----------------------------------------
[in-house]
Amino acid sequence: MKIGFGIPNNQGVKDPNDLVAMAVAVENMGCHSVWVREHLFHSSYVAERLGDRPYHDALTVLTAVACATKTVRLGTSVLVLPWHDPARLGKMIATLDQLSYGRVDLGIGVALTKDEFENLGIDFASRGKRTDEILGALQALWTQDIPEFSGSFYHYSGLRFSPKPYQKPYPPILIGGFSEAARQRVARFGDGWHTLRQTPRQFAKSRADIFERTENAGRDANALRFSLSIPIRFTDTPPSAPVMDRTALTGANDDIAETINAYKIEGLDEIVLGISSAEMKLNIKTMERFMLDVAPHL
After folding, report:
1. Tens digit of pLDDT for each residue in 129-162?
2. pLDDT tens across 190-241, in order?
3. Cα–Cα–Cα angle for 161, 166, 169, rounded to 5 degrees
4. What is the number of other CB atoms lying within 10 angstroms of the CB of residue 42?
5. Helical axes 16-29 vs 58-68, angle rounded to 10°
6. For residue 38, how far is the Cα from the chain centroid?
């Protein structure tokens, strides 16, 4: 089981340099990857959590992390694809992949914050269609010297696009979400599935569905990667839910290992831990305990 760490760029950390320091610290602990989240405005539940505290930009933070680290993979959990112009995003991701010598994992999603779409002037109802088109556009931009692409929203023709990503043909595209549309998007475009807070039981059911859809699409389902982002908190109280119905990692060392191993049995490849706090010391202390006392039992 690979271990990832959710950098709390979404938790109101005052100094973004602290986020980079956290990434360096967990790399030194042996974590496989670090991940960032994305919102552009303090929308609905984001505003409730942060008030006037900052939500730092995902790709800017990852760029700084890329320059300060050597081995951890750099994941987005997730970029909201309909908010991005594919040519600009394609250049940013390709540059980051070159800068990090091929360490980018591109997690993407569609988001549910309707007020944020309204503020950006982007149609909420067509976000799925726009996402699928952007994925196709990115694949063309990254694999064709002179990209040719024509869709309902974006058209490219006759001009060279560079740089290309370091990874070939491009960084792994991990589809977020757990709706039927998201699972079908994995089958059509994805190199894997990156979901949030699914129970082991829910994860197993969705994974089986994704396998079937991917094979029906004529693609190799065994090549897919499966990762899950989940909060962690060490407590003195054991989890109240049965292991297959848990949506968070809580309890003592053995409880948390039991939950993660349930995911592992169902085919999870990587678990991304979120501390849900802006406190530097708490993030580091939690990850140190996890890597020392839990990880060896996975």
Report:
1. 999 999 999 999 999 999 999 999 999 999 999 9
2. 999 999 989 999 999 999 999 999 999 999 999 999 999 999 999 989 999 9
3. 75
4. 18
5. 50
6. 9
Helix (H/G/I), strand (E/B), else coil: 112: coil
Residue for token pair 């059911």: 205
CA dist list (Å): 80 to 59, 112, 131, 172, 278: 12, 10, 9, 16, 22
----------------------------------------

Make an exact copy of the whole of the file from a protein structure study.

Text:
[in-house]
Amino acid sequence: MKIGFGIPNNQGVKDPNDLVAMAVAVENMGCHSVWVREHLFHSSYVAERLGDRPYHDALTVLTAVACATKTVRLGTSVLVLPWHDPARLGKMIATLDQLSYGRVDLGIGVALTKDEFENLGIDFASRGKRTDEILGALQALWTQDIPEFSGSFYHYSGLRFSPKPYQKPYPPILIGGFSEAARQRVARFGDGWHTLRQTPRQFAKSRADIFERTENAGRDANALRFSLSIPIRFTDTPPSAPVMDRTALTGANDDIAETINAYKIEGLDEIVLGISSAEMKLNIKTMERFMLDVAPHL
After folding, report:
1. Tens digit of pLDDT for each residue in 129-162?
2. pLDDT tens across 190-241, in order?
3. Cα–Cα–Cα angle for 161, 166, 169, rounded to 5 degrees
4. What is the number of other CB atoms lying within 10 angstroms of the CB of residue 42?
5. Helical axes 16-29 vs 58-68, angle rounded to 10°
6. For residue 38, how far is the Cα from the chain centroid?
């Protein structure tokens, strides 16, 4: 089981340099990857959590992390694809992949914050269609010297696009979400599935569905990667839910290992831990305990 760490760029950390320091610290602990989240405005539940505290930009933070680290993979959990112009995003991701010598994992999603779409002037109802088109556009931009692409929203023709990503043909595209549309998007475009807070039981059911859809699409389902982002908190109280119905990692060392191993049995490849706090010391202390006392039992 690979271990990832959710950098709390979404938790109101005052100094973004602290986020980079956290990434360096967990790399030194042996974590496989670090991940960032994305919102552009303090929308609905984001505003409730942060008030006037900052939500730092995902790709800017990852760029700084890329320059300060050597081995951890750099994941987005997730970029909201309909908010991005594919040519600009394609250049940013390709540059980051070159800068990090091929360490980018591109997690993407569609988001549910309707007020944020309204503020950006982007149609909420067509976000799925726009996402699928952007994925196709990115694949063309990254694999064709002179990209040719024509869709309902974006058209490219006759001009060279560079740089290309370091990874070939491009960084792994991990589809977020757990709706039927998201699972079908994995089958059509994805190199894997990156979901949030699914129970082991829910994860197993969705994974089986994704396998079937991917094979029906004529693609190799065994090549897919499966990762899950989940909060962690060490407590003195054991989890109240049965292991297959848990949506968070809580309890003592053995409880948390039991939950993660349930995911592992169902085919999870990587678990991304979120501390849900802006406190530097708490993030580091939690990850140190996890890597020392839990990880060896996975």
Report:
1. 999 999 999 999 999 999 999 999 999 999 999 9
2. 999 999 989 999 999 999 999 999 999 999 999 999 999 999 999 989 999 9
3. 75
4. 18
5. 50
6. 9
Helix (H/G/I), strand (E/B), else coil: 112: coil
Residue for token pair 């059911």: 205
CA dist list (Å): 80 to 59, 112, 131, 172, 278: 12, 10, 9, 16, 22